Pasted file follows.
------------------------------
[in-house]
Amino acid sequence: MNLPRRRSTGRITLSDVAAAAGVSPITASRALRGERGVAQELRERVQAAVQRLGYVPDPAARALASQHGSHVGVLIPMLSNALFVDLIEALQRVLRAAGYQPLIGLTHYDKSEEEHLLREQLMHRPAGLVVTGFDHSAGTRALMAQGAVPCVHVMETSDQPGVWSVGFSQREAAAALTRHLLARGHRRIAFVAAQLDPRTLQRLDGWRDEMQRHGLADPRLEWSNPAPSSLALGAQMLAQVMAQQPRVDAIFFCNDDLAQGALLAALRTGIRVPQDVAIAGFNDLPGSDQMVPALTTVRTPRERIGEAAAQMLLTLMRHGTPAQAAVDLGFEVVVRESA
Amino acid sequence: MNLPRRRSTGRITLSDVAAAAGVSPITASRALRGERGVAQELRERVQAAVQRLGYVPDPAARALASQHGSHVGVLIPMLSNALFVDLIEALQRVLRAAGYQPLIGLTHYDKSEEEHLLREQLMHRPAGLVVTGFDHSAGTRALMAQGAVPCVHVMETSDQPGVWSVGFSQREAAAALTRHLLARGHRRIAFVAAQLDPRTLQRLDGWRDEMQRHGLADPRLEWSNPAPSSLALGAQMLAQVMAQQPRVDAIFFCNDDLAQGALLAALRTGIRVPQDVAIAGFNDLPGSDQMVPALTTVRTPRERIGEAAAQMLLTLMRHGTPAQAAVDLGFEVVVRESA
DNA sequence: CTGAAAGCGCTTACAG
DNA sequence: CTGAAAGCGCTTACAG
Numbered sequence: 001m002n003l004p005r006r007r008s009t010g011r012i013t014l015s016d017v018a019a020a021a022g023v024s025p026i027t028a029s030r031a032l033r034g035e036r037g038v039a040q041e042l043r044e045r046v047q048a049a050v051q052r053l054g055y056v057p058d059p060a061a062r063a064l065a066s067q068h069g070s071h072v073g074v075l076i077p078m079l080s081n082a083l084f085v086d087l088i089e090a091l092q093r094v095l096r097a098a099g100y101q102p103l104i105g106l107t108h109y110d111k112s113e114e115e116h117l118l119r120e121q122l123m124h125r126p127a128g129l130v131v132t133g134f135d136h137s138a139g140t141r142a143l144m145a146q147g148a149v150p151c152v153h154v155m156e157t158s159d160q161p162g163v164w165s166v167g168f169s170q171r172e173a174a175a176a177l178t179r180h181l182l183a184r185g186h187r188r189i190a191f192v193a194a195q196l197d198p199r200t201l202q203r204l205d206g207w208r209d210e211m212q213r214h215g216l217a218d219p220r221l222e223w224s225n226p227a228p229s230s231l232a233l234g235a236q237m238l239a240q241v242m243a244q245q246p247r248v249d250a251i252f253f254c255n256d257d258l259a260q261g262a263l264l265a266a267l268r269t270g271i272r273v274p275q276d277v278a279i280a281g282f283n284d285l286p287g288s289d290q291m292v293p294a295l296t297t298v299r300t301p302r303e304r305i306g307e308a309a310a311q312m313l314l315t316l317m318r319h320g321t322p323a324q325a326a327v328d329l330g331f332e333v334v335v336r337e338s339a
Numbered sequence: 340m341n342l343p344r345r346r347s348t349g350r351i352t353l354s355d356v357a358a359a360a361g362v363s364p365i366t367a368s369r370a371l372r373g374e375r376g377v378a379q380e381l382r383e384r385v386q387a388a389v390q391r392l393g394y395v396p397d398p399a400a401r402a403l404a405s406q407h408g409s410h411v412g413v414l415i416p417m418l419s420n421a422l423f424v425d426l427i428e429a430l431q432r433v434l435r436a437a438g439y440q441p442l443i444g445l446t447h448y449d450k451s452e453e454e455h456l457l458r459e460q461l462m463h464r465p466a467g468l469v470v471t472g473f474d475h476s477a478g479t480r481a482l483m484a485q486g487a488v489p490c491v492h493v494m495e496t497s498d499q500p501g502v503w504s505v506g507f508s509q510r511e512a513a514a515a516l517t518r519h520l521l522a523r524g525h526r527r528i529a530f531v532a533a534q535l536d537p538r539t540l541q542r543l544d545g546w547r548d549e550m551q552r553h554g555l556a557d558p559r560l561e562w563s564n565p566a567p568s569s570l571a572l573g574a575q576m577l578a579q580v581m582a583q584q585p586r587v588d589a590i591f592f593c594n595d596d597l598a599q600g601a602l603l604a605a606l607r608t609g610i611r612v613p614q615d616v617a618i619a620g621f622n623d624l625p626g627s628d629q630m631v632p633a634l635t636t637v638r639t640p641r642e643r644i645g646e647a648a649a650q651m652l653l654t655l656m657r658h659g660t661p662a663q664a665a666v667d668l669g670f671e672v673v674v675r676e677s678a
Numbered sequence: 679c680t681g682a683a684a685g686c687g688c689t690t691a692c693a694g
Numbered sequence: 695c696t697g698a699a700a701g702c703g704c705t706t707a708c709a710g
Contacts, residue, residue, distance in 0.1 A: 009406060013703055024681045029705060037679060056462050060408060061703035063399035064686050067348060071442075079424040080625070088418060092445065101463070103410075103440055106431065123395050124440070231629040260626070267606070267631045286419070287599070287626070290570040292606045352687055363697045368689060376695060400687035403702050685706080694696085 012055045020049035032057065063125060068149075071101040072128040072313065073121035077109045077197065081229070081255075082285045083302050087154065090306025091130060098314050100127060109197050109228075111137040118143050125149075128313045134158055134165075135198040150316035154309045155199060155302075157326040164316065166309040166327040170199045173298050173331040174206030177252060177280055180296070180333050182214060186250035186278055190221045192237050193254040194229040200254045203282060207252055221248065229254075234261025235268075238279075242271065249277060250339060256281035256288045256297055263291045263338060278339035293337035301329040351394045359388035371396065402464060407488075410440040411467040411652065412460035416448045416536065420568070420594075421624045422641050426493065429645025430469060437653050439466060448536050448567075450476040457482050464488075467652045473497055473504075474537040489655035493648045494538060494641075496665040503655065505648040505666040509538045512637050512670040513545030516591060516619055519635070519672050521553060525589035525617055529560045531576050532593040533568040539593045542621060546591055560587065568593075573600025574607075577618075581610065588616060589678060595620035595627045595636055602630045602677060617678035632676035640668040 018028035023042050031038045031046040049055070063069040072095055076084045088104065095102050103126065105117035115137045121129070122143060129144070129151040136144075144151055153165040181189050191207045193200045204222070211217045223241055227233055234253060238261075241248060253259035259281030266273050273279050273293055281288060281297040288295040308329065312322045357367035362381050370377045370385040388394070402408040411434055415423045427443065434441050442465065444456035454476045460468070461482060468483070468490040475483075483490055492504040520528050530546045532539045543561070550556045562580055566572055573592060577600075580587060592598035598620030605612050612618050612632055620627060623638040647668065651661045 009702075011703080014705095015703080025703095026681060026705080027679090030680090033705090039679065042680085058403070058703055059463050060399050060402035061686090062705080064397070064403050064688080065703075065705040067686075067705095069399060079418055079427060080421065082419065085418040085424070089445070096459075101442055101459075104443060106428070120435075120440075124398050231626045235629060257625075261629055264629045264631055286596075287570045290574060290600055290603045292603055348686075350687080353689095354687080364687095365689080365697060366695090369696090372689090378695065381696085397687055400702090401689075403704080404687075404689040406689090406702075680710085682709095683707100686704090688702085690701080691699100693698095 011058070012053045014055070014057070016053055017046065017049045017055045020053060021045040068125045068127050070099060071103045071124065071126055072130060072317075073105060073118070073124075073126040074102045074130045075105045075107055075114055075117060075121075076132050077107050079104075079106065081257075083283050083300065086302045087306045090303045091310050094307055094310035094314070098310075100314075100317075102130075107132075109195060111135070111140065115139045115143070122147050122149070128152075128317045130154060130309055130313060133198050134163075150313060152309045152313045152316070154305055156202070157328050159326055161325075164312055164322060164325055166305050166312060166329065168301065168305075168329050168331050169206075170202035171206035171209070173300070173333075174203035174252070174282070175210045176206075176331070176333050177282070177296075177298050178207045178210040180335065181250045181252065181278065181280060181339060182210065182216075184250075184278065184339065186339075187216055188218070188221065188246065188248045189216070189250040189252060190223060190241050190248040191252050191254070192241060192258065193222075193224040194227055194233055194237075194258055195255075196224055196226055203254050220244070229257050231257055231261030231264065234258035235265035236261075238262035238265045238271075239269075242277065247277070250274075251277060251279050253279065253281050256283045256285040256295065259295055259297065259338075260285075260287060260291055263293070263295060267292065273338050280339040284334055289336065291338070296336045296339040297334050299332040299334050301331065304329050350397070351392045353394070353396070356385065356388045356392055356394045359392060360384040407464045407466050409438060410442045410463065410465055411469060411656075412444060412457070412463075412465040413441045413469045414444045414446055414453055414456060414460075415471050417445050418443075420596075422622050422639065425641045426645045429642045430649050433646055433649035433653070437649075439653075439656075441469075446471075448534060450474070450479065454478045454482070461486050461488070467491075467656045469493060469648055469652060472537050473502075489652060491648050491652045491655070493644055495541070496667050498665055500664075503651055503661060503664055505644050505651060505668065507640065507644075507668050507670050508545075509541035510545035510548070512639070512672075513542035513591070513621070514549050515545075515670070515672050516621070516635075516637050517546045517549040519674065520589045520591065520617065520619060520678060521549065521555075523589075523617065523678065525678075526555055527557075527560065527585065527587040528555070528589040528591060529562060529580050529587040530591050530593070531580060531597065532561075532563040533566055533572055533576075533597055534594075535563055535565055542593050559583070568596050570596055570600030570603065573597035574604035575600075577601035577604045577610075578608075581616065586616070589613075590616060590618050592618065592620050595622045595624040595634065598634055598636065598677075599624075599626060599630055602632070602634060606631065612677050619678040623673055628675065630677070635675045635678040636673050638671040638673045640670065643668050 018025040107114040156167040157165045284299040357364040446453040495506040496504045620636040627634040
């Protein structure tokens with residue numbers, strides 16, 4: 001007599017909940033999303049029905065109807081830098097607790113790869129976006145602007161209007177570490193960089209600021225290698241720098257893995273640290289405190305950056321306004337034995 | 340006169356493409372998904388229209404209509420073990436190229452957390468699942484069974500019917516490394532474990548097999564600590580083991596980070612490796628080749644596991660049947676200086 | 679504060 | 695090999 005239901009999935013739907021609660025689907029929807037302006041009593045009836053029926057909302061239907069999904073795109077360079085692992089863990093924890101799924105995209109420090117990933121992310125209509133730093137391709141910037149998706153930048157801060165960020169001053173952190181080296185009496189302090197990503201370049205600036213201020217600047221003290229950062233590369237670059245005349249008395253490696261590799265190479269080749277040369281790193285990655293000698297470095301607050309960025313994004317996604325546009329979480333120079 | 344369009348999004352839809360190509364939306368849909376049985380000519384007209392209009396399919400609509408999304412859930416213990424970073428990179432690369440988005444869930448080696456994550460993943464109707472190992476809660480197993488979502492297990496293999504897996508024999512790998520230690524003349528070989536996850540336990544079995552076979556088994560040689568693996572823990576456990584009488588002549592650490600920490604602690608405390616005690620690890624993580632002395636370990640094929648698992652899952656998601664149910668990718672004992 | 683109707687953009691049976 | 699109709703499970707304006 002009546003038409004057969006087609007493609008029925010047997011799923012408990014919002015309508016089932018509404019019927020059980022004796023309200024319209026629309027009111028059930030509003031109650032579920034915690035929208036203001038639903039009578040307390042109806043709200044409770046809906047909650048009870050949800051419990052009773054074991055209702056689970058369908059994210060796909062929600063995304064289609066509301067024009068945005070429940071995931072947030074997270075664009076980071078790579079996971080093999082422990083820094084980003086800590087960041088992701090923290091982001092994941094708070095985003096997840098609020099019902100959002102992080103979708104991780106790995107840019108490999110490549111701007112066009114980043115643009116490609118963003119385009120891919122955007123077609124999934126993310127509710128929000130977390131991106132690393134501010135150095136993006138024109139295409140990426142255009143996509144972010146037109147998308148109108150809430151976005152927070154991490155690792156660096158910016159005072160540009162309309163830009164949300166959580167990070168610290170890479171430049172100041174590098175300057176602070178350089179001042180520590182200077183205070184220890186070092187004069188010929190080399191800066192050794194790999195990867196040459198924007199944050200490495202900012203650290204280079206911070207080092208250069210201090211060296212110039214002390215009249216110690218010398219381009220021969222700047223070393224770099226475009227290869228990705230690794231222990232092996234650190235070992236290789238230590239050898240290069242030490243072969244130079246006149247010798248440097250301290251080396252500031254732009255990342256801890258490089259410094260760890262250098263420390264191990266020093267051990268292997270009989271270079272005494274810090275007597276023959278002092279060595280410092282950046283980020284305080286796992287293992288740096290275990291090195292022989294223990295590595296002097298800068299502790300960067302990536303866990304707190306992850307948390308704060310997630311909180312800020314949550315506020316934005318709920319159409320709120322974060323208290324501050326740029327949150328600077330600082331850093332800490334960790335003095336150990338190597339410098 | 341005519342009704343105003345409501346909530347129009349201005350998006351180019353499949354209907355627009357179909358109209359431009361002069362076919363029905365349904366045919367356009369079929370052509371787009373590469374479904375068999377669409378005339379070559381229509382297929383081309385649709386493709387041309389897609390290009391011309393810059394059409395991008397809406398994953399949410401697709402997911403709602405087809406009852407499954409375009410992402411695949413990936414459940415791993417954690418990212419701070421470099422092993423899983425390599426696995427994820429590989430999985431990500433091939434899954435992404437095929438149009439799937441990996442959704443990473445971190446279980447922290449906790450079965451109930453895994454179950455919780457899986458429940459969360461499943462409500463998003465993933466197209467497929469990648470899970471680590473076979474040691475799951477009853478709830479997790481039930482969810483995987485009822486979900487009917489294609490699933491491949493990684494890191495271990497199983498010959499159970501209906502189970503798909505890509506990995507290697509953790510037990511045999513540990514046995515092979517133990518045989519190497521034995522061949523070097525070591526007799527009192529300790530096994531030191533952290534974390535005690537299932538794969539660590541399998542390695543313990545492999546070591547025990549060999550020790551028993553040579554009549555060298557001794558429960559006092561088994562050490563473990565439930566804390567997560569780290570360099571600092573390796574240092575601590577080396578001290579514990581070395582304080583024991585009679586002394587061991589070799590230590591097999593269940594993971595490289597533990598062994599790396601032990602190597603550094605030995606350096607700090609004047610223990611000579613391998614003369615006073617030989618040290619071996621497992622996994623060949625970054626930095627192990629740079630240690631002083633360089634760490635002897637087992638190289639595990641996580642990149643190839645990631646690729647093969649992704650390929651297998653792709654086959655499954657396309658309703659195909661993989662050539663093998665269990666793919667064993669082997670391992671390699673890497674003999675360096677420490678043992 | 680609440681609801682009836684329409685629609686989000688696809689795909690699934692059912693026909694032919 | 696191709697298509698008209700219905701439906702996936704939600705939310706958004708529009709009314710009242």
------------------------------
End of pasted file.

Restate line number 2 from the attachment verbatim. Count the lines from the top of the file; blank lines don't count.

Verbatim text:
Amino acid sequence: MNLPRRRSTGRITLSDVAAAAGVSPITASRALRGERGVAQELRERVQAAVQRLGYVPDPAARALASQHGSHVGVLIPMLSNALFVDLIEALQRVLRAAGYQPLIGLTHYDKSEEEHLLREQLMHRPAGLVVTGFDHSAGTRALMAQGAVPCVHVMETSDQPGVWSVGFSQREAAAALTRHLLARGHRRIAFVAAQLDPRTLQRLDGWRDEMQRHGLADPRLEWSNPAPSSLALGAQMLAQVMAQQPRVDAIFFCNDDLAQGALLAALRTGIRVPQDVAIAGFNDLPGSDQMVPALTTVRTPRERIGEAAAQMLLTLMRHGTPAQAAVDLGFEVVVRESA